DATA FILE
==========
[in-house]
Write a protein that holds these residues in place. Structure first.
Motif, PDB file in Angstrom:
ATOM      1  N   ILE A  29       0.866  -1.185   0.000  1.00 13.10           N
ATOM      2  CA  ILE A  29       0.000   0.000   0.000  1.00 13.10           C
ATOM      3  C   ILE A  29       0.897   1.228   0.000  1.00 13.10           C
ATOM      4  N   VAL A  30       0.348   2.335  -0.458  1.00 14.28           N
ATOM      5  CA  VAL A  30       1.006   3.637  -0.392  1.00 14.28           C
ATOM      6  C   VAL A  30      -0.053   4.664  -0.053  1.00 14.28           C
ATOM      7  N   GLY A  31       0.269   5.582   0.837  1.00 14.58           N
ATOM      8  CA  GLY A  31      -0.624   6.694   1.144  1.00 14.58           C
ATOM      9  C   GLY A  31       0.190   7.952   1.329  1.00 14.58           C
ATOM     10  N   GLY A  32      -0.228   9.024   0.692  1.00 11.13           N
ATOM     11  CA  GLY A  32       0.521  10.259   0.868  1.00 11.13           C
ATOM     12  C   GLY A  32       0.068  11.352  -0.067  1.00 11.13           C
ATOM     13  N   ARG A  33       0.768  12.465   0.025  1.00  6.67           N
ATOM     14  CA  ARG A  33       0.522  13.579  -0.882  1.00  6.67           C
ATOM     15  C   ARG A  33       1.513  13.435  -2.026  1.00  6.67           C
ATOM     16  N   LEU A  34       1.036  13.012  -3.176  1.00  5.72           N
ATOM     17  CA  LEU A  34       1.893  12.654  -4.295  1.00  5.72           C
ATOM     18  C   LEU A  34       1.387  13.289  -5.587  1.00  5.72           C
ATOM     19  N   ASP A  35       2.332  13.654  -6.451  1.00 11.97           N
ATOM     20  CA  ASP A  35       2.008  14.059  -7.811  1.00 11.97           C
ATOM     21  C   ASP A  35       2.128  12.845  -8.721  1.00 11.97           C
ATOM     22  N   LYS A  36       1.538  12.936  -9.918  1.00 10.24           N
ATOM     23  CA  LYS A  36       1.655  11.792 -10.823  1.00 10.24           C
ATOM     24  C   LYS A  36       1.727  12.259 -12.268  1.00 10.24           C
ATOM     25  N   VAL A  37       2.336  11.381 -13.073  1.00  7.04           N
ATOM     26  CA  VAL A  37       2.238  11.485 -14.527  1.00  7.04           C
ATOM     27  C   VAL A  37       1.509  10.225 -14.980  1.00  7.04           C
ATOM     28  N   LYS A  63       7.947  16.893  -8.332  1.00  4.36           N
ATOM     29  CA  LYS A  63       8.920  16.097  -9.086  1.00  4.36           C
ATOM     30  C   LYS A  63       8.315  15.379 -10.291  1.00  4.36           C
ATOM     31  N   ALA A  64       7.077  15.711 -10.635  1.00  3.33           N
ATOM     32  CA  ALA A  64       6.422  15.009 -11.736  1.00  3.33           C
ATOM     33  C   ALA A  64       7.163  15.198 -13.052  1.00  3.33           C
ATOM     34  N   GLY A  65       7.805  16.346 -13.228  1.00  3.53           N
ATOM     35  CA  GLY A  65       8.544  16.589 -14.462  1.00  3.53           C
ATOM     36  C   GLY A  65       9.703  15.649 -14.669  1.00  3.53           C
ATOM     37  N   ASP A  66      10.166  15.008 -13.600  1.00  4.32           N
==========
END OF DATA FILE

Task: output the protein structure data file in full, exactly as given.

[in-house]
Write a protein that holds these residues in place. Structure first.
Motif, PDB file in Angstrom:
ATOM      1  N   ILE A  29       0.866  -1.185   0.000  1.00 13.10           N
ATOM      2  CA  ILE A  29       0.000   0.000   0.000  1.00 13.10           C
ATOM      3  C   ILE A  29       0.897   1.228   0.000  1.00 13.10           C
ATOM      4  N   VAL A  30       0.348   2.335  -0.458  1.00 14.28           N
ATOM      5  CA  VAL A  30       1.006   3.637  -0.392  1.00 14.28           C
ATOM      6  C   VAL A  30      -0.053   4.664  -0.053  1.00 14.28           C
ATOM      7  N   GLY A  31       0.269   5.582   0.837  1.00 14.58           N
ATOM      8  CA  GLY A  31      -0.624   6.694   1.144  1.00 14.58           C
ATOM      9  C   GLY A  31       0.190   7.952   1.329  1.00 14.58           C
ATOM     10  N   GLY A  32      -0.228   9.024   0.692  1.00 11.13           N
ATOM     11  CA  GLY A  32       0.521  10.259   0.868  1.00 11.13           C
ATOM     12  C   GLY A  32       0.068  11.352  -0.067  1.00 11.13           C
ATOM     13  N   ARG A  33       0.768  12.465   0.025  1.00  6.67           N
ATOM     14  CA  ARG A  33       0.522  13.579  -0.882  1.00  6.67           C
ATOM     15  C   ARG A  33       1.513  13.435  -2.026  1.00  6.67           C
ATOM     16  N   LEU A  34       1.036  13.012  -3.176  1.00  5.72           N
ATOM     17  CA  LEU A  34       1.893  12.654  -4.295  1.00  5.72           C
ATOM     18  C   LEU A  34       1.387  13.289  -5.587  1.00  5.72           C
ATOM     19  N   ASP A  35       2.332  13.654  -6.451  1.00 11.97           N
ATOM     20  CA  ASP A  35       2.008  14.059  -7.811  1.00 11.97           C
ATOM     21  C   ASP A  35       2.128  12.845  -8.721  1.00 11.97           C
ATOM     22  N   LYS A  36       1.538  12.936  -9.918  1.00 10.24           N
ATOM     23  CA  LYS A  36       1.655  11.792 -10.823  1.00 10.24           C
ATOM     24  C   LYS A  36       1.727  12.259 -12.268  1.00 10.24           C
ATOM     25  N   VAL A  37       2.336  11.381 -13.073  1.00  7.04           N
ATOM     26  CA  VAL A  37       2.238  11.485 -14.527  1.00  7.04           C
ATOM     27  C   VAL A  37       1.509  10.225 -14.980  1.00  7.04           C
ATOM     28  N   LYS A  63       7.947  16.893  -8.332  1.00  4.36           N
ATOM     29  CA  LYS A  63       8.920  16.097  -9.086  1.00  4.36           C
ATOM     30  C   LYS A  63       8.315  15.379 -10.291  1.00  4.36           C
ATOM     31  N   ALA A  64       7.077  15.711 -10.635  1.00  3.33           N
ATOM     32  CA  ALA A  64       6.422  15.009 -11.736  1.00  3.33           C
ATOM     33  C   ALA A  64       7.163  15.198 -13.052  1.00  3.33           C
ATOM     34  N   GLY A  65       7.805  16.346 -13.228  1.00  3.53           N
ATOM     35  CA  GLY A  65       8.544  16.589 -14.462  1.00  3.53           C
ATOM     36  C   GLY A  65       9.703  15.649 -14.669  1.00  3.53           C
ATOM     37  N   ASP A  66      10.166  15.008 -13.600  1.00  4.32           N